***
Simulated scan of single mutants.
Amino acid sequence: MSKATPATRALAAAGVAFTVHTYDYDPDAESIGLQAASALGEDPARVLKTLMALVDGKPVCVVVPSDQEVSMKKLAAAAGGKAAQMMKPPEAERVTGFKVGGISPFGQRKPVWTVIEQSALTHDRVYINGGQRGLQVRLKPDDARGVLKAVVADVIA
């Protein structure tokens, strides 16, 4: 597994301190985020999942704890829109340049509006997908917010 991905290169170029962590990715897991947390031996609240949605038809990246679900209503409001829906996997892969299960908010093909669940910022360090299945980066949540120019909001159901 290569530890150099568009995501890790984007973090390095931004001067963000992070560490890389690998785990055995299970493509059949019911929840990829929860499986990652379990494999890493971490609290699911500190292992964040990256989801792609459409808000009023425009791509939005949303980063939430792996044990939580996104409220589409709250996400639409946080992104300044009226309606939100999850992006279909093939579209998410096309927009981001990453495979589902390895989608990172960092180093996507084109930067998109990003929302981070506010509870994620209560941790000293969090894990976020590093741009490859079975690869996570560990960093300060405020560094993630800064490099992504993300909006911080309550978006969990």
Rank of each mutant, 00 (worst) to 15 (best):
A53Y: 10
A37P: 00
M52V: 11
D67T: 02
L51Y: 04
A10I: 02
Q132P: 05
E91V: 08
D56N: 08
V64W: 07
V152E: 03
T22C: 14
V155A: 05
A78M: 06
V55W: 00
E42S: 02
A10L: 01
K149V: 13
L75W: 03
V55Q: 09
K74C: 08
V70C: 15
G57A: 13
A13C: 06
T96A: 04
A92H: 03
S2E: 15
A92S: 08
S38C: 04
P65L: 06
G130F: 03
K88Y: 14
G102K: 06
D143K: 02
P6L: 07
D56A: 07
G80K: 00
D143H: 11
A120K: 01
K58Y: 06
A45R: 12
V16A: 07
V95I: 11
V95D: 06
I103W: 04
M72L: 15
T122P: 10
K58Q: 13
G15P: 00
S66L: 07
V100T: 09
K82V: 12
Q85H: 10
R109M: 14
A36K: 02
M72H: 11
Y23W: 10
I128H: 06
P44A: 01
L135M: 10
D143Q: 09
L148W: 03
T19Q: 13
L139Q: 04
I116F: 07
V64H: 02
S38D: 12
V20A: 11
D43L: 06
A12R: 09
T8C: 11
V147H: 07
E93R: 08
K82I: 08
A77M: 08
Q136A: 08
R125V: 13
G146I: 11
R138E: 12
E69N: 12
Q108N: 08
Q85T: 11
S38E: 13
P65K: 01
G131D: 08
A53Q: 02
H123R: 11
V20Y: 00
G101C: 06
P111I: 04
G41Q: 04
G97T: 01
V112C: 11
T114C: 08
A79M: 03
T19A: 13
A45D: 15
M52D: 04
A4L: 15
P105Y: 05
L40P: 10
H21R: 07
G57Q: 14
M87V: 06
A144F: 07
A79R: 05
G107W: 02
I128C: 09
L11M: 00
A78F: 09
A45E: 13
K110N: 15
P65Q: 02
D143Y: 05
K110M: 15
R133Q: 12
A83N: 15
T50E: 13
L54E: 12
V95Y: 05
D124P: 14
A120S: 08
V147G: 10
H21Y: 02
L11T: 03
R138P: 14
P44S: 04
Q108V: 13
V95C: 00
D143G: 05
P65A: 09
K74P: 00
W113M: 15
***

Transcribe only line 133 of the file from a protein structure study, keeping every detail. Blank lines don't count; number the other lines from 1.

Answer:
V95C: 00